Lewisham is building up a resource database on the college intranet to correct that, though that in itself is not without its challenges. Ms Part says: "To teach symmetry we use prints of Renoir masterpieces with some groups and butterflies with others. It is important you know the class and the tools match its level."
The key is to make the examples relevant to students' vocational interests, she says, and this is something backed up by work-based learner providers.
Richard Goss, of the Adult Learning Inspectorate, comments: "Inspectors increasingly meet learners who fail to understand numerical or mathematical concepts at school but learn them quickly during their work-based learning courses. The practical application of a mathematical concept is hugely important. When the concept is visual and real it has meaning for learners."
Oakfield Solutions on Tyneside, which has the main E2E (entry to employment) contract in Newcastle, teaches key numerical concepts to its mechanics students through measuring tyre tread. Patrick Tully, post-16 manager, explains: "We send them off to the police first to go and find out the minimum legal tread. We work very hard to integrate basic skills and vocational training. They apply the theory and the penny drops. Most of them were not successful at school and have big barriers to learning because they don't think they can do it. But when they apply it in a practical situation some of them fly."
Making maths fun is another key ingredient. In 2001, Stockton Riverside College teamed up with Middlesbrough Football Club and won a pound;75,000 BT Lifelong Learning award, which was more than matched by redevelopment cash. Three years later more than 200 students have completed the Football First course gaining level 1 (low-grade GCSE-equivalent) qualifications in football coaching.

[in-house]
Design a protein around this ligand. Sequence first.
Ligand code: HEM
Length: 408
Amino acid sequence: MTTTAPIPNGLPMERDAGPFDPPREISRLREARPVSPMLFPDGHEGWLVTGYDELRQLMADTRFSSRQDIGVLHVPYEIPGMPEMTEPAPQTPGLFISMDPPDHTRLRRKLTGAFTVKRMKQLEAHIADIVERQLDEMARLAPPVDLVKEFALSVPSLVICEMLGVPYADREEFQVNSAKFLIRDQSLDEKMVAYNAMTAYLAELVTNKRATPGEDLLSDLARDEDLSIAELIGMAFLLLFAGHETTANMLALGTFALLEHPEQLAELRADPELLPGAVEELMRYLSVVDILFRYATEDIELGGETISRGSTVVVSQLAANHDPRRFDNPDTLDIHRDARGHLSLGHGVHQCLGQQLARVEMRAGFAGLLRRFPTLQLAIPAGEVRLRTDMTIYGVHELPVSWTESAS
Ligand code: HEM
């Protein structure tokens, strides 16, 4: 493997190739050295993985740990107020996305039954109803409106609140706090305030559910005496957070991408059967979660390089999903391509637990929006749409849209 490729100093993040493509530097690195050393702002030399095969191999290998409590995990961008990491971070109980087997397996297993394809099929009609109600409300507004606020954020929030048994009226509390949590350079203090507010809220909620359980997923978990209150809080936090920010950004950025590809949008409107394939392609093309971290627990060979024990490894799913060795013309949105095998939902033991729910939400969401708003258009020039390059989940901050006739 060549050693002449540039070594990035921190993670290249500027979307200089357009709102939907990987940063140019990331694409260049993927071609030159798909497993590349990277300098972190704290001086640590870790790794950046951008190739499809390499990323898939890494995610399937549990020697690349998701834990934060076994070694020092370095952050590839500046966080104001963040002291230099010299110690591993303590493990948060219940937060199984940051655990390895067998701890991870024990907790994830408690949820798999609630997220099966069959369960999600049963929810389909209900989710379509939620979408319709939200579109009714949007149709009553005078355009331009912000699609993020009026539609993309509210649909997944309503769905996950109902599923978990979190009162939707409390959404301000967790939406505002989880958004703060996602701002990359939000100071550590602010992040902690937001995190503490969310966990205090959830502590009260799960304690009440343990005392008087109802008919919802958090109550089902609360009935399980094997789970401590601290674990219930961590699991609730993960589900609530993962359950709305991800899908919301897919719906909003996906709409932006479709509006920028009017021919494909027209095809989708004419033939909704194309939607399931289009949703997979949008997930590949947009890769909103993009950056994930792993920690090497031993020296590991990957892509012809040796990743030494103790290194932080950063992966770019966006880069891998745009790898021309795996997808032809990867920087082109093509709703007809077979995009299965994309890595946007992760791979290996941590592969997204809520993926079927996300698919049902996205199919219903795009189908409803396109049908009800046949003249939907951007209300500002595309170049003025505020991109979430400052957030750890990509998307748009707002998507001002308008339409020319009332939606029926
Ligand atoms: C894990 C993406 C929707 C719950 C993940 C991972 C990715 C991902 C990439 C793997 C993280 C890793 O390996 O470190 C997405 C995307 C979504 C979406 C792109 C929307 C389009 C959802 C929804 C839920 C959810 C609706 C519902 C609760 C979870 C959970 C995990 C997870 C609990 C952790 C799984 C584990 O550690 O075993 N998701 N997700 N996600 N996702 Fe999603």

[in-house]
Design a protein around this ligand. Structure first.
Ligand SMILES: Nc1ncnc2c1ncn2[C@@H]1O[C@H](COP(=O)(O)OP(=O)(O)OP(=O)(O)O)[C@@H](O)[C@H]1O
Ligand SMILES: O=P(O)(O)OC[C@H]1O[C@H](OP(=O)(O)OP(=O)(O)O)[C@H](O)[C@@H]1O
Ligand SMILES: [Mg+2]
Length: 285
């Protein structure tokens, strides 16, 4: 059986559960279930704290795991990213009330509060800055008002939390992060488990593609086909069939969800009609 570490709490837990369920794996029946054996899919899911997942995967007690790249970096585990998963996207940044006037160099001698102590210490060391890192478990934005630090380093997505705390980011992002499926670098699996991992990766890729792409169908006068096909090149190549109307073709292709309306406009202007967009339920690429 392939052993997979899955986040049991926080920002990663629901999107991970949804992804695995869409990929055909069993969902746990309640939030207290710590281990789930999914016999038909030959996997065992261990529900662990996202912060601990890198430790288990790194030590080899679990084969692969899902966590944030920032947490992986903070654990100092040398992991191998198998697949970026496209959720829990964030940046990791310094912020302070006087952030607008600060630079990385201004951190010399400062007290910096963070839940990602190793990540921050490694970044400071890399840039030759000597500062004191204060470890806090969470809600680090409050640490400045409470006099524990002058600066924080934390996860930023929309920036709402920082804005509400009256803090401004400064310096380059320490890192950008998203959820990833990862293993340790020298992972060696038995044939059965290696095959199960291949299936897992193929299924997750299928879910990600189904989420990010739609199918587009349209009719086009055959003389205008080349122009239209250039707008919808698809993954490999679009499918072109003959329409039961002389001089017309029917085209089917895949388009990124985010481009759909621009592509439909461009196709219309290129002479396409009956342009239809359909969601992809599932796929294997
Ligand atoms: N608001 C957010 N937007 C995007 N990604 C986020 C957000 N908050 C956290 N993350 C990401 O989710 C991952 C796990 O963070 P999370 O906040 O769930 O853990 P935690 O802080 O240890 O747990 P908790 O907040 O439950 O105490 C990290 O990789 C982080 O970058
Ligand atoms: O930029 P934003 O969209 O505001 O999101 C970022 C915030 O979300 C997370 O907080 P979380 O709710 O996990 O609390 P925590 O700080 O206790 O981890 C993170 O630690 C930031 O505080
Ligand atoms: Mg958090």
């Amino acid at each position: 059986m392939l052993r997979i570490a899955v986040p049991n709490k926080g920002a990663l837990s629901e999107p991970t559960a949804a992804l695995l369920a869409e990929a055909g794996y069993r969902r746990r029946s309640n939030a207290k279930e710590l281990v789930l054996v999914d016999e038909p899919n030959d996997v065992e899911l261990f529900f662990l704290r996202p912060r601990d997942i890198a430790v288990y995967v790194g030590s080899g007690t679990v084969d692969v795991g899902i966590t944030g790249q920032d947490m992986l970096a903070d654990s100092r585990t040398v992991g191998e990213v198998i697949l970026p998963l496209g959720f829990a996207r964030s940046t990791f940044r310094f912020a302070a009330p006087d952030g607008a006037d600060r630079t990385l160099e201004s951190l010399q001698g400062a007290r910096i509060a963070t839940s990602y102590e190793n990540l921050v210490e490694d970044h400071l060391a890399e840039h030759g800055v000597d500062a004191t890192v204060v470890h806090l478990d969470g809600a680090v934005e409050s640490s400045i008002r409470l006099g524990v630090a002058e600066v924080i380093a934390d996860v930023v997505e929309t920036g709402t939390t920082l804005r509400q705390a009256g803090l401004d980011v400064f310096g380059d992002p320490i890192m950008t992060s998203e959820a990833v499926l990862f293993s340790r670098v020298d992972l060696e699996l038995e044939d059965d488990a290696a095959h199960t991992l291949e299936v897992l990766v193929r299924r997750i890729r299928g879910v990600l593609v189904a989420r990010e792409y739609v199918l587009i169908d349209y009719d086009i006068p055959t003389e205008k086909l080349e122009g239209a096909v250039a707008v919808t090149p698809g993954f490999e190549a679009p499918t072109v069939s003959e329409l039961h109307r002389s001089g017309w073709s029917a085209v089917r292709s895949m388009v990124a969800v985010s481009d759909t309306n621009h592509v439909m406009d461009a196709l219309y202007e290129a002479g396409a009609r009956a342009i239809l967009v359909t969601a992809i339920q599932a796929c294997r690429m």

Dawn Eccles, the Middlesbrough project manager, says: "You see them coming in on the first day, heads down because they've got no confidence. They learn numeracy by studying the football league tables, working out goal difference and moving on to percentage skills by looking at the capacity of the stadium and how full it is when Liverpool visit.
"They are interested in it, they do much better than they thought they would and their confidence grows. It's fun and they don't even realise they're learning. Every month the best student gets to meet the Premiership team's players and gets their photo taken with manager Steve McClaren.
Money couldn't buy that."
Paul Smith, 17, has recently completed the course. He says: "I got a U in my GCSE maths but I've passed my level 1 thanks to Football First. Nobody listened at school and it was baffling. Here there is a lot of support and patience from the tutors and encouragement and I've found I can do it. I am not scared by maths any more."
Useful websites www.lsbu.ac.uknumeracywww.mcs.surrey.ac.ukPersonalR.KnottFibonaccifibna t.htmlNoNogoldenwww.geom.uiuc.edudemo5337s97bspiral.htmlwww.curiousmath.co mwww.bbc.co.ukskillswise